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[#] Mon Dec 15 2014 17:18:22 EST from IGnatius T Foobar

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Actually my phone came directly from Google (it is a Nexus device) so I avoided paying the Hitlersoft tax.

[#] Wed Dec 17 2014 18:07:45 EST from IGnatius T Foobar

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CentOS 7 is the first time I've started installing a Linux operating system and thought, "WTF?! Why did they hire away developers from Microsoft to build this?"

The installer is unintuitive, looks like it was designed for a tablet, does stupid things, and breaks easily.

Upon my second reboot to check if the right set of services was running, it just broke completely.

It suggested some commands with which I was not familiar to troubleshoot.
Reading the output of these commands suggested that the controversial "systemd" is to blame.

F**k this. I'm sticking with 6.5 until they sort this crap out.

[#] Thu Dec 18 2014 09:45:55 EST from fleeb

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[#] Thu Dec 18 2014 11:19:23 EST from IGnatius T Foobar

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Well, the way I see it, "systemd" is like the smell of urine in the subway: it's there, it isn't going away, and you have to deal with it.

[#] Thu Dec 18 2014 11:20:37 EST from LoanShark

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2014-12-11 12:30 from IGnatius T Foobar @uncnsrd
They all have something, either a spinning disk or an SSD (typically 32

or 64 GB). Obviously it's doable ... there are even people running
Windows (cursed be its name forever) on them. Maybe I will experiment

32-bit, maybe? 64-bit win8 takes 40gb disk just for the base install. it's hard to do much of anything useful with <250gb of storage these days.

[#] Thu Dec 18 2014 12:51:16 EST from dothebart

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Yea, all I do with the W81 installation in that 50G partition of my vaio pro is boot it now and then, ugrade it, shut it down again ;-)

[#] Thu Dec 18 2014 23:24:26 EST from ax25

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Just re-subscribed to the Slackware cd mailer.  I recently installed the latest version to a VM, and the installer was .... exactly the same as I remember it (thankfully).  I know they have to swallow the blue pill at some point with smegma systemd, but that point has not yet arrived.

[#] Wed Dec 24 2014 09:13:31 EST from the_mgt

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Wed Dec 17 2014 18:07:45 ESTfrom IGnatius T Foobar @ Uncensored


CentOS 7 is the first time I've started installing a Linux operating system and thought, "WTF?! Why did they hire away developers from Microsoft to build this?"

The installer is unintuitive, looks like it was designed for a tablet, does stupid things, and breaks easily.
D'accord! With 6.x you were able to create a RAID and then create the mount points using LVM. Now, it is either RAID or LVM. I could have used Gentoo if I wanted to create vgs et al. manually! Also, you can not use openvpn@mypersonalvpn with systemd easily and out of the box, due to a bug that is as old as systemd itself. You need manually fiddle around in order to get it going. I can not believe that RHEL is buttraping its userbase in this way.
Then they ship samba4, I think "Yay! AD support", but no, it is disabled, since samba4 needs heimdal and RHEL is waiting for the port to kerberos. Fuck that, almost everything but openssl can use heimdal too, and I guess it is easier and more likely to fix openssl than samba4. Why is it ok to shove systemd down everyones throat but not heimdal? Makes no sense to me. Also, were did the "it is about choice!!!!1111" go?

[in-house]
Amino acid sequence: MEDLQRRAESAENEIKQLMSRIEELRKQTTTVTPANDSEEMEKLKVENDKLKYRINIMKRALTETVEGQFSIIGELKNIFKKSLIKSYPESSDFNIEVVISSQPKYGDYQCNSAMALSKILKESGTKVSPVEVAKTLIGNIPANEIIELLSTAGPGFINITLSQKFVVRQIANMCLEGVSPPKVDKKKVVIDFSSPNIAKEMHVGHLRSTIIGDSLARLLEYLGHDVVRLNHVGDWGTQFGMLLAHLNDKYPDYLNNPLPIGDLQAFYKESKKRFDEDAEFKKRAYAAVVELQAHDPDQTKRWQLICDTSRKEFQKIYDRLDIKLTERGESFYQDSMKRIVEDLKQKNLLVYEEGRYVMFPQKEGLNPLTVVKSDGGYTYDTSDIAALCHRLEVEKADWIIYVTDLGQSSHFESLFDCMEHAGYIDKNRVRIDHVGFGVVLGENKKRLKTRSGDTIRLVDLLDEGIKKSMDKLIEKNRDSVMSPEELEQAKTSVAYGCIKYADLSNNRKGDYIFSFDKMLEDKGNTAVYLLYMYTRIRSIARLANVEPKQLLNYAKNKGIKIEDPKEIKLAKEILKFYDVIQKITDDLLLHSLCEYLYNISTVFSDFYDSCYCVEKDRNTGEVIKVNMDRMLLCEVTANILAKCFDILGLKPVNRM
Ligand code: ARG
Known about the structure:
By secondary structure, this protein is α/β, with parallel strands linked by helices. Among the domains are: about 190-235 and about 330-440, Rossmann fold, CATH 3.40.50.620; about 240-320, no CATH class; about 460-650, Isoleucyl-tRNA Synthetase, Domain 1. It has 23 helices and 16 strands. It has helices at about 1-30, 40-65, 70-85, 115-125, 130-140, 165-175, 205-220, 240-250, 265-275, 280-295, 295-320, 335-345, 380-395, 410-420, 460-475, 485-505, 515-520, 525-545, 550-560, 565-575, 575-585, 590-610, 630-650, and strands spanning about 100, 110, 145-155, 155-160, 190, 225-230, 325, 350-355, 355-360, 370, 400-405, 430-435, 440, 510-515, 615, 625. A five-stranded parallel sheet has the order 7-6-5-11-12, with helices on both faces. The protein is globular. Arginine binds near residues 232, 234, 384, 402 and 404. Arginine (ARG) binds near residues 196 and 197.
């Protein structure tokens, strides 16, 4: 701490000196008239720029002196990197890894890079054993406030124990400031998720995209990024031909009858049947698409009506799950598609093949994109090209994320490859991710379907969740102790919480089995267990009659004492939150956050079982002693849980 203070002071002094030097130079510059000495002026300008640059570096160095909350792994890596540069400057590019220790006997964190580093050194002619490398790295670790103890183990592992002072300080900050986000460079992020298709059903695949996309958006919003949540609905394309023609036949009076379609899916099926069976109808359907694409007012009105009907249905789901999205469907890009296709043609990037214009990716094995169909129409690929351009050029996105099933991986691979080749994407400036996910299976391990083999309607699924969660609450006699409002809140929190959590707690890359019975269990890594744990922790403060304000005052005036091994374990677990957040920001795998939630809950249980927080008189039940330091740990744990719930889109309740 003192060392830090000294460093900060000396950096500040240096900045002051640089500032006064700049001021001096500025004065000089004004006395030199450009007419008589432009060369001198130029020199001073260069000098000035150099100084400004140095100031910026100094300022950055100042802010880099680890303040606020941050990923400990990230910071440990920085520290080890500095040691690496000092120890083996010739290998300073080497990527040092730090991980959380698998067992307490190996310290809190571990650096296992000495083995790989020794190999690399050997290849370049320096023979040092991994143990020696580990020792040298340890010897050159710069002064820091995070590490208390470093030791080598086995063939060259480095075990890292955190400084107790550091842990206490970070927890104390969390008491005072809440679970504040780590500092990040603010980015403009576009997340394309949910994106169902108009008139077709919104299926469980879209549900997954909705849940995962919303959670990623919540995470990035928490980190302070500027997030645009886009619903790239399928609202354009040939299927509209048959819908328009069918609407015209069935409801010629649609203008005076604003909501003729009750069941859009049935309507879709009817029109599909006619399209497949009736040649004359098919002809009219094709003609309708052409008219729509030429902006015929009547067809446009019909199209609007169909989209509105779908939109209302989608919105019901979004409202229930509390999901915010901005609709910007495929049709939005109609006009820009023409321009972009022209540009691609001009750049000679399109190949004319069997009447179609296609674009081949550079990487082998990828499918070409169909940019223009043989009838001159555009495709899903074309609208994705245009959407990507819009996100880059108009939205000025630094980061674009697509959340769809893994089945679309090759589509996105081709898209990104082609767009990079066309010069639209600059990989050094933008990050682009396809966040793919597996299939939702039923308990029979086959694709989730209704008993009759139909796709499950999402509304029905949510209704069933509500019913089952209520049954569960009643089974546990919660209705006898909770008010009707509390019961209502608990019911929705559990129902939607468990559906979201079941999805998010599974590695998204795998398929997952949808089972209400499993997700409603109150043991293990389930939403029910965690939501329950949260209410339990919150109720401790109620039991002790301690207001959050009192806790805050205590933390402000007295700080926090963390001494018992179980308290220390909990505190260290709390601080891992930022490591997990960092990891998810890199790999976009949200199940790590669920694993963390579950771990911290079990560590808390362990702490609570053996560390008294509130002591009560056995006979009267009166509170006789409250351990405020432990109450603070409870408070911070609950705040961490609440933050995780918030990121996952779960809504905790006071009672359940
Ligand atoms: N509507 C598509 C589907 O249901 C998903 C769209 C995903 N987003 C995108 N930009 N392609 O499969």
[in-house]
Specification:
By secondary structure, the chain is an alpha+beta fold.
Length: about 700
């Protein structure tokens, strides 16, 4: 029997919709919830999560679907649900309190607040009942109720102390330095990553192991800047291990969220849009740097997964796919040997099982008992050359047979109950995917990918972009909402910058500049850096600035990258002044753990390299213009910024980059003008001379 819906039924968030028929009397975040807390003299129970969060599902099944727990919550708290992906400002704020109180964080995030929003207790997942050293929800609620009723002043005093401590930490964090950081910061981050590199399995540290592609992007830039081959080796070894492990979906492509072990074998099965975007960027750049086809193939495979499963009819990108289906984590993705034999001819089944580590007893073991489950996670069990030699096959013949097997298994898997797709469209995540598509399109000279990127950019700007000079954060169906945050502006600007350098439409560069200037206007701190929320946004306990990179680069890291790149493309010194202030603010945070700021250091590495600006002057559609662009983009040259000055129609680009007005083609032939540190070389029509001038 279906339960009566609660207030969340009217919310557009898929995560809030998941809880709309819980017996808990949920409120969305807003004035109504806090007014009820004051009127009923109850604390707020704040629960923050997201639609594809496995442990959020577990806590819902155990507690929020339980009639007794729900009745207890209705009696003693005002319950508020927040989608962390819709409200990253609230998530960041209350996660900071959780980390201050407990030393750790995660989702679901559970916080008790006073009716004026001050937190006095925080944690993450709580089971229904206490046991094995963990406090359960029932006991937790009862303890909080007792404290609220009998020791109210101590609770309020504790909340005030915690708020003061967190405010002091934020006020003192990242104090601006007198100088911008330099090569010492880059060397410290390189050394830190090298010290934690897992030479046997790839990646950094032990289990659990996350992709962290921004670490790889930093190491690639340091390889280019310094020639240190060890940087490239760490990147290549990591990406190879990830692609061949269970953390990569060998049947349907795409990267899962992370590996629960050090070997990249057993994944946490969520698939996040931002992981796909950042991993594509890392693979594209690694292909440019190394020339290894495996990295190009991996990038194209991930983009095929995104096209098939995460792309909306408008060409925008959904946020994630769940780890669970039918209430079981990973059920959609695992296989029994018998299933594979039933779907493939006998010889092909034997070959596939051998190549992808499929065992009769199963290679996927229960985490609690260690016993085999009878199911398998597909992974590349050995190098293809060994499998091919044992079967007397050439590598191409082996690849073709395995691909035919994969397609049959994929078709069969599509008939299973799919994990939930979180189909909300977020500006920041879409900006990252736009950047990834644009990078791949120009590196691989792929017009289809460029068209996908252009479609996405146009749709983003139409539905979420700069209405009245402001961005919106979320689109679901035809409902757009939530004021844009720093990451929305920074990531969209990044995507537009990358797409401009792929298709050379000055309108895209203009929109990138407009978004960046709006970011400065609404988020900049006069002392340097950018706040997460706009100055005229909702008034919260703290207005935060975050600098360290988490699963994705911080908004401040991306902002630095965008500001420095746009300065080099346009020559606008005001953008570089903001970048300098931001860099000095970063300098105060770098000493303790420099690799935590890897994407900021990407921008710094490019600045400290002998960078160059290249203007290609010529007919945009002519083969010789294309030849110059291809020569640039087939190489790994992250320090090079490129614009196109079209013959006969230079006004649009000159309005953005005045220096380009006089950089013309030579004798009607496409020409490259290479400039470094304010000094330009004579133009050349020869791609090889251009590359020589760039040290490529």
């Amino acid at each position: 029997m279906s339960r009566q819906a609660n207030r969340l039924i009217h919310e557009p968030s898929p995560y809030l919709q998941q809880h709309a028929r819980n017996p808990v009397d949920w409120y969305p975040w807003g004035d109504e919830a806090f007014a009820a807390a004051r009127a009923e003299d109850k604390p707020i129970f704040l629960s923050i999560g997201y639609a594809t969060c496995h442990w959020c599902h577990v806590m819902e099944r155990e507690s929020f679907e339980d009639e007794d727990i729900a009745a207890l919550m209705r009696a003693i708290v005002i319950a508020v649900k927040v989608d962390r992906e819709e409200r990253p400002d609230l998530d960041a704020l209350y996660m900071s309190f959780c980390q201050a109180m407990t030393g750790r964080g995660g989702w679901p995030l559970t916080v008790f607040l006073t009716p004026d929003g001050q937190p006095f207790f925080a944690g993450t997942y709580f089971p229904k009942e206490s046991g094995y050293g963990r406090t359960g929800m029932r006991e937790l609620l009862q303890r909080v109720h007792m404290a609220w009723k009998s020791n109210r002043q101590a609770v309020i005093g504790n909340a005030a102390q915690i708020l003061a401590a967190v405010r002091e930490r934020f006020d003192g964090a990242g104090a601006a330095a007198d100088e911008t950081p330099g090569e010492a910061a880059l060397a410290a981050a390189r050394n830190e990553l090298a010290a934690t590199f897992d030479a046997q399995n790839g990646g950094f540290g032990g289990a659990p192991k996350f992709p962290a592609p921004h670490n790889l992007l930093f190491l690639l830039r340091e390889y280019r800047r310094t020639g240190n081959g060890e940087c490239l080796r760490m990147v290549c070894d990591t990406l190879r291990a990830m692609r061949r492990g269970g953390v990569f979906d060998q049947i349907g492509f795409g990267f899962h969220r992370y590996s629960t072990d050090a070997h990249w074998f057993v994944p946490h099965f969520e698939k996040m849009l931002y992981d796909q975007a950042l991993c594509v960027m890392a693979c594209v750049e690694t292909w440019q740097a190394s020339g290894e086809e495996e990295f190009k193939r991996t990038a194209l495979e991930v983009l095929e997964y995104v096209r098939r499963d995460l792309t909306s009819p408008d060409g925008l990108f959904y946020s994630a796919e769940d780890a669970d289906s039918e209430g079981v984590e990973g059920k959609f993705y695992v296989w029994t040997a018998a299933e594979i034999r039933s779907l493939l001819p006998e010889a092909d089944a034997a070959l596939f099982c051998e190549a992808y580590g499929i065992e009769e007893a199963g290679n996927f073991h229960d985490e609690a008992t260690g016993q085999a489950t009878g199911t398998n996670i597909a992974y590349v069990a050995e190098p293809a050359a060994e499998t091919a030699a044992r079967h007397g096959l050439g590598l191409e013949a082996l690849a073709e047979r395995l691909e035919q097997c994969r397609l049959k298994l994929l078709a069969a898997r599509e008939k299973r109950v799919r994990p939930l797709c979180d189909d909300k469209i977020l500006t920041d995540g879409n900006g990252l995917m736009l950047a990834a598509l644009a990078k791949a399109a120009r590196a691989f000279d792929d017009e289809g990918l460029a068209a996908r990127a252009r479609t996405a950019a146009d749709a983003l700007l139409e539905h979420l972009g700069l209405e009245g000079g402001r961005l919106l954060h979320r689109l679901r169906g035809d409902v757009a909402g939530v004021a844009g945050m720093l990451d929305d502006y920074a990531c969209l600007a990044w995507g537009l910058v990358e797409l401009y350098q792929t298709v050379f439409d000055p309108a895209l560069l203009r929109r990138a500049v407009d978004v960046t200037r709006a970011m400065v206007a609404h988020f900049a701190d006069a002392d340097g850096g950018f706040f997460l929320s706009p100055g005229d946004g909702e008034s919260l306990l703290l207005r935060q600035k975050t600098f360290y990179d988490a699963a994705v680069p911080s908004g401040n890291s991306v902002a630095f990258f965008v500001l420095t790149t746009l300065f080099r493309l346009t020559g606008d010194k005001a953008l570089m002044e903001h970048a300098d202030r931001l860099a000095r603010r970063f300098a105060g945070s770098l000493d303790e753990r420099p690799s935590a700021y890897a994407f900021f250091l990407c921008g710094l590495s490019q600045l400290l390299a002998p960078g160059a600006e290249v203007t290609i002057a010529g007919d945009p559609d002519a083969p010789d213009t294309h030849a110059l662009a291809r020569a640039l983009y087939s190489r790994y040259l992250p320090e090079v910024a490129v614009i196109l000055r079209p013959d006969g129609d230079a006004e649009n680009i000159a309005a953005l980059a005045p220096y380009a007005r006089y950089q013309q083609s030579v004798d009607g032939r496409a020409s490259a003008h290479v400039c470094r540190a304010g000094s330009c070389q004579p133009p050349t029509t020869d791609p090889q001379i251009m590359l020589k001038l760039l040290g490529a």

Happy holidays, btw. 


[#] Fri Dec 26 2014 00:43:23 EST from nristen

Subject: systemd woes

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I was a big fan of ArchLinux, but lately, I have been having more and more problems related to systemd.  It is like having to learn a whole new operating system to just figure out how that thing works.  The earlier comment about openvpn not working just adds to the frustration.  What ever happened to the motto of "Do one thing and do it well"

I think I am going to switch to Slackware for the same reason, I switched to ArchLinux a few years ago.

[#] Fri Dec 26 2014 02:02:37 EST from ax25

Subject: Re: systemd woes

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Fri Dec 26 2014 12:43:23 AM EST from nristen @ Uncensored Subject: systemd woes
 ...I think I am going to switch to Slackware for the same reason, I switched to ArchLinux a few years ago.

Keep in touch about your conversion!  Another bit about Slackware is, at least I could drive over and buy Pat some lunch on an afternoon off.  Not that it would come to that.  I did have an email exchange back with him in 1999-2000 or so about the exclusion of PAM.  I was given ample room for rebuttal .  There was later the "extras" packages that made most packages that required PAM work on Slackware possible as well.  I think P.V. would avoid a bad decision for the Slackware distro and try to patch around it (much like PAM), if at all possible.

[#] Fri Dec 26 2014 09:06:39 EST from the_mgt

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It it still possible to use Gentoo without PAM and without systemd. I rarely have use for PAM on single user systems or servers, so I have no clue why it is default on all systems.

I have made use if PAM on a Centos 6.5, in order to plug Citadel into an ssl enbabled LDAP server: Citadel used PAM for its users, Centos used nslcd to pull LDAP into PAM. This is really some arcane satanic ritual and might brake from update to update. Sometimes a reboot fixed it, sometimes I needed to change one line in a config file. There also seems to be a more modern way to do that, via some sssd service, or whatever. Never got that up and running.